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Nutrients. 2018 Sep 20;10(10). pii: E1336. doi: 10.3390/nu10101336.

Interactions between Bitter Taste, Diet and Dysbiosis: Consequences for Appetite and Obesity.

Author information

1
School of Medicine and Public Health, University of Newcastle, Ourimbah 2258, Australia. alexandria.turner@uon.edu.au.
2
School of Medicine and Public Health, University of Newcastle, Ourimbah 2258, Australia. martin.veysey@hyms.ac.uk.
3
Hull York Medical School, University of York, Heslington YO150DD, UK. martin.veysey@hyms.ac.uk.
4
School of Biomedical Sciences and Pharmacy, University of Newcastle, Callaghan 2308, Australia. simon.keely@newcastle.edu.au.
5
Hunter Medical Research Institute, New Lambton Heights 2305, Australia. simon.keely@newcastle.edu.au.
6
School of Environmental and Life Sciences, University of Newcastle, Ourimbah 2258, Australia. c.scarlett@newcastle.edu.au.
7
School of Environmental and Life Sciences, University of Newcastle, Ourimbah 2258, Australia. mark.lucock@newcastle.edu.au.
8
School of Medicine and Public Health, University of Newcastle, Ourimbah 2258, Australia. emma.beckett@newcastle.edu.au.
9
Hunter Medical Research Institute, New Lambton Heights 2305, Australia. emma.beckett@newcastle.edu.au.

Abstract

The type 2 family of taste receptors (T2Rs) detect and respond to bitter tastants. These receptors are expressed throughout the gastrointestinal (GI) tract, with location dependant roles. In the oral cavity, T2Rs are involved in the conscious perception of bitter tastants, while in the lower GI tract they have roles in chemoreception and regulation of GI function. Through these diverse roles, these receptors may be involved in modulating appetite and diet, with consequences for weight regulation and obesity. Interestingly, the concentration of T2Rs in the GI tract is greatest in the large intestine, the organ with the densest colonisation of bacteria. The gut microbiome has been the subject of intense research, as a plethora of roles linking microbiota to human health continue to be uncovered. Of particular interest is the microbial signature associated with obesity. Obesity is a leading health concern, and advances in our understanding of this disease are needed. Diet is a known modifiable factor in the development of obesity. However, diet only partially explains disease risk. Changes in microbial energy harvesting by the microbiota plays a role in obesity, and the composition of these energy harvesting populations may be controlled by taste receptors. This review explores T2Rs as a potential link between obesity and the human GI microbiome.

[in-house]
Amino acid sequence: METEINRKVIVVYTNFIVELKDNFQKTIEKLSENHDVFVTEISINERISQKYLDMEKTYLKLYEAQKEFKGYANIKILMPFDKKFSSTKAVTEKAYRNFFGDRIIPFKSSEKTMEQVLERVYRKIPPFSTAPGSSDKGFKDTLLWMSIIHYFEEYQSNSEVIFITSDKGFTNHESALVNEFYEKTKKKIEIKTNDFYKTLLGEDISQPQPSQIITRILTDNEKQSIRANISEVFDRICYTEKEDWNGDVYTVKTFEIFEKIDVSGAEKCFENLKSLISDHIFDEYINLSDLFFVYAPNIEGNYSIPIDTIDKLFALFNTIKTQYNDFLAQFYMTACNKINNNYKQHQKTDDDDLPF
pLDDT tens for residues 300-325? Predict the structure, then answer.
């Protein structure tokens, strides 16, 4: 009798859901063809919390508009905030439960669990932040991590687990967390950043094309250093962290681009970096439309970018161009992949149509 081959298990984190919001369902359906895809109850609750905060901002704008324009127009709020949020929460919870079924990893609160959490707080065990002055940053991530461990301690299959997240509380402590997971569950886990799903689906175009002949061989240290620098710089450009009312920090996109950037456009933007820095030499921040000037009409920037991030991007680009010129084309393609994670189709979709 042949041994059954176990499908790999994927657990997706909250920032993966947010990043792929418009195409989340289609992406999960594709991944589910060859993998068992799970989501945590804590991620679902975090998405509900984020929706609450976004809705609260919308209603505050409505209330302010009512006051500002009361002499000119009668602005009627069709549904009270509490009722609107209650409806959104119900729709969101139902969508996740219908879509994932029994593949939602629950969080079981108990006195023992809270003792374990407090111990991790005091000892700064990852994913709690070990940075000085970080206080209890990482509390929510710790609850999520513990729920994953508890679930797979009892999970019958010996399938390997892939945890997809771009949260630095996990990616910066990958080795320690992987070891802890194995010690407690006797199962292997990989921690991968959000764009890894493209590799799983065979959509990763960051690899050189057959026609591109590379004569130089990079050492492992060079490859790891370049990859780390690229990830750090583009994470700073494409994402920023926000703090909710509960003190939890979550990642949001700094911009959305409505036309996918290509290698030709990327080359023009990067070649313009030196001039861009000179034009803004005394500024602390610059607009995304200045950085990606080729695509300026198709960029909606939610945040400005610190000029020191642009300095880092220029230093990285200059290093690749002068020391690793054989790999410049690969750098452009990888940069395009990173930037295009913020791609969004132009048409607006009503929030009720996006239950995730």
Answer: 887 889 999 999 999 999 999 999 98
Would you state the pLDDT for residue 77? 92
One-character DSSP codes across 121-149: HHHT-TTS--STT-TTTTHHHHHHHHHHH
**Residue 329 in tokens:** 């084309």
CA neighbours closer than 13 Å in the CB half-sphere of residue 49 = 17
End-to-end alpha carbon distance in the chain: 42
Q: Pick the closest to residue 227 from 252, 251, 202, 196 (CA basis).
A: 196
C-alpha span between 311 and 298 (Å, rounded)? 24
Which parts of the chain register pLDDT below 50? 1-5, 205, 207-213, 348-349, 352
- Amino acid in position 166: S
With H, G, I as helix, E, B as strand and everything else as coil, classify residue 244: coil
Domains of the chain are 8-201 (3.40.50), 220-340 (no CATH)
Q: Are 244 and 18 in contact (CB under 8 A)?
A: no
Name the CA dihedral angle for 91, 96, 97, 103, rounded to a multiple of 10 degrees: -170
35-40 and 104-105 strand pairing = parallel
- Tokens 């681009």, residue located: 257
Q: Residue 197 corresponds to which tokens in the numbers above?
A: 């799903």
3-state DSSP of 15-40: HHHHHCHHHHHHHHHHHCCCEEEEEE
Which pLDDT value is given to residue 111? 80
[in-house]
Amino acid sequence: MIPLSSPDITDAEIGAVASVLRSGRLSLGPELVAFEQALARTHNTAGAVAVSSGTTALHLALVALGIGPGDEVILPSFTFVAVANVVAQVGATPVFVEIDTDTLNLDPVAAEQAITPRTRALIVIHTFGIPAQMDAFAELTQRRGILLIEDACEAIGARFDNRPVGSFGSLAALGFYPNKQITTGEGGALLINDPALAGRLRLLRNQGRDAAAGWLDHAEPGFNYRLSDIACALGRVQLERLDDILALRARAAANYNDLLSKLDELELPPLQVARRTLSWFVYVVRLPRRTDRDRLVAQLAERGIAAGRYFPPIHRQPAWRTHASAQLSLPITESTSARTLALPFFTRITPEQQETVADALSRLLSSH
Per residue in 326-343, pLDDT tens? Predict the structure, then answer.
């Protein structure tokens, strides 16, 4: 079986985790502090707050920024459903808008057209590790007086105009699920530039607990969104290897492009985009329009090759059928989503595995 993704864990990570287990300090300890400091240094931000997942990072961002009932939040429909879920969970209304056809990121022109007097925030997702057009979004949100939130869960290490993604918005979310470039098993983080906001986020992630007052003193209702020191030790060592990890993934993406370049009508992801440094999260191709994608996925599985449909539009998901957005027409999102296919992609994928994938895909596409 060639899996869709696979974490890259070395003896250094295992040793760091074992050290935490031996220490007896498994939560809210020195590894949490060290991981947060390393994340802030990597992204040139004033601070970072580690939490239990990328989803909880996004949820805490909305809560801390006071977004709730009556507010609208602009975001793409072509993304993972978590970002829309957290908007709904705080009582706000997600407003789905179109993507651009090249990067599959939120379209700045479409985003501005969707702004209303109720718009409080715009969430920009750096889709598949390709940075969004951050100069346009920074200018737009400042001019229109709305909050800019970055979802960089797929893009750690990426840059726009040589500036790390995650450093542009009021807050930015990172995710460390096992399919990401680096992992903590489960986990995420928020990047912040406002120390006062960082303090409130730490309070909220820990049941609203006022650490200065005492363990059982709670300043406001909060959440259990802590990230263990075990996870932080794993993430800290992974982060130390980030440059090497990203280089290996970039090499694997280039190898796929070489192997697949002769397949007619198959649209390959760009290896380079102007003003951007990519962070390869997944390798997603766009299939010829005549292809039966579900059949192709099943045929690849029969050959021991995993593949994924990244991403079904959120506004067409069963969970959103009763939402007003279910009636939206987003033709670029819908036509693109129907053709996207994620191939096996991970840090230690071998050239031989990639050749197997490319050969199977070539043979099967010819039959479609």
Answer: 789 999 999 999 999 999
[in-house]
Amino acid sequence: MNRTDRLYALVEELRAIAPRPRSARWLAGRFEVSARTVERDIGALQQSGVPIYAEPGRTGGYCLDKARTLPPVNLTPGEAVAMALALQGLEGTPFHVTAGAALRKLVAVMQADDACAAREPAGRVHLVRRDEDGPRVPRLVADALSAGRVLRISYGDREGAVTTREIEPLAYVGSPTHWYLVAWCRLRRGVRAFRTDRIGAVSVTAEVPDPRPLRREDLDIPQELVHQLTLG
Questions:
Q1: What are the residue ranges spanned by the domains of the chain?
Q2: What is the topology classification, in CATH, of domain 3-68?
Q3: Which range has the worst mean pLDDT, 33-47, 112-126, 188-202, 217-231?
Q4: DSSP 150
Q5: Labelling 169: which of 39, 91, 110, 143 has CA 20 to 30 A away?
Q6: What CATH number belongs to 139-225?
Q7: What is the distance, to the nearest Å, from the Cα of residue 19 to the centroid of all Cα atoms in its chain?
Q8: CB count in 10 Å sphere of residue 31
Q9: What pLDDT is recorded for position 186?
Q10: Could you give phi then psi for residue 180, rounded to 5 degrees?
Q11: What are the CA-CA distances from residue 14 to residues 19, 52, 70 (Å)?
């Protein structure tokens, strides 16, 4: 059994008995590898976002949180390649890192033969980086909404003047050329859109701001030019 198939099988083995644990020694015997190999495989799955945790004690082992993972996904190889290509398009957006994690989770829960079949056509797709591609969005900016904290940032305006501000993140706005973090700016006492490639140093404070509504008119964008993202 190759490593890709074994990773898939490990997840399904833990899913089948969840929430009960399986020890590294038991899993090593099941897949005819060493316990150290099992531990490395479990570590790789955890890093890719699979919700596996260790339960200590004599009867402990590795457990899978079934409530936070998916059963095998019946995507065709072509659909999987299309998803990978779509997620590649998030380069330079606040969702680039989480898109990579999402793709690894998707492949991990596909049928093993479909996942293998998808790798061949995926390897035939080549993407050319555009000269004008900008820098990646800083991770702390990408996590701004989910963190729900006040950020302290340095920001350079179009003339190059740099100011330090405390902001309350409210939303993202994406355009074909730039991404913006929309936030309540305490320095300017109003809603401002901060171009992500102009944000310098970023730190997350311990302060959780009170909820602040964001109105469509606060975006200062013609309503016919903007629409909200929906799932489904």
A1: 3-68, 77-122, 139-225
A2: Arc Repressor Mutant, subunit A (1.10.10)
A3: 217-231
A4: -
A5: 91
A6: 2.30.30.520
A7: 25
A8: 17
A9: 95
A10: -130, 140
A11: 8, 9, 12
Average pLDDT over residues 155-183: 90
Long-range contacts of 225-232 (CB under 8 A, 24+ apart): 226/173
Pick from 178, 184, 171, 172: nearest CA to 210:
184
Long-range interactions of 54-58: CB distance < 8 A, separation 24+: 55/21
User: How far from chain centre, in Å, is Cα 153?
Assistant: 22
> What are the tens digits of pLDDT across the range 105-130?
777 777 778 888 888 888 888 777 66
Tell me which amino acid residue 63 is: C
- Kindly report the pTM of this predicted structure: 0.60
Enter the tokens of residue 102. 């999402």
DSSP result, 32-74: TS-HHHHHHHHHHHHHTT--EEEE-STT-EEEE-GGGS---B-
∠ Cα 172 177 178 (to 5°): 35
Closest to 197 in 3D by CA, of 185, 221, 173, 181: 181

KEYWORDS:

T2R; TAS2R; bitter; diet; dysbiosis; microbiome; microbiota; obesity

PMID:
30241292
PMCID:
PMC6213475
DOI:
10.3390/nu10101336
[Indexed for MEDLINE]
Free PMC Article

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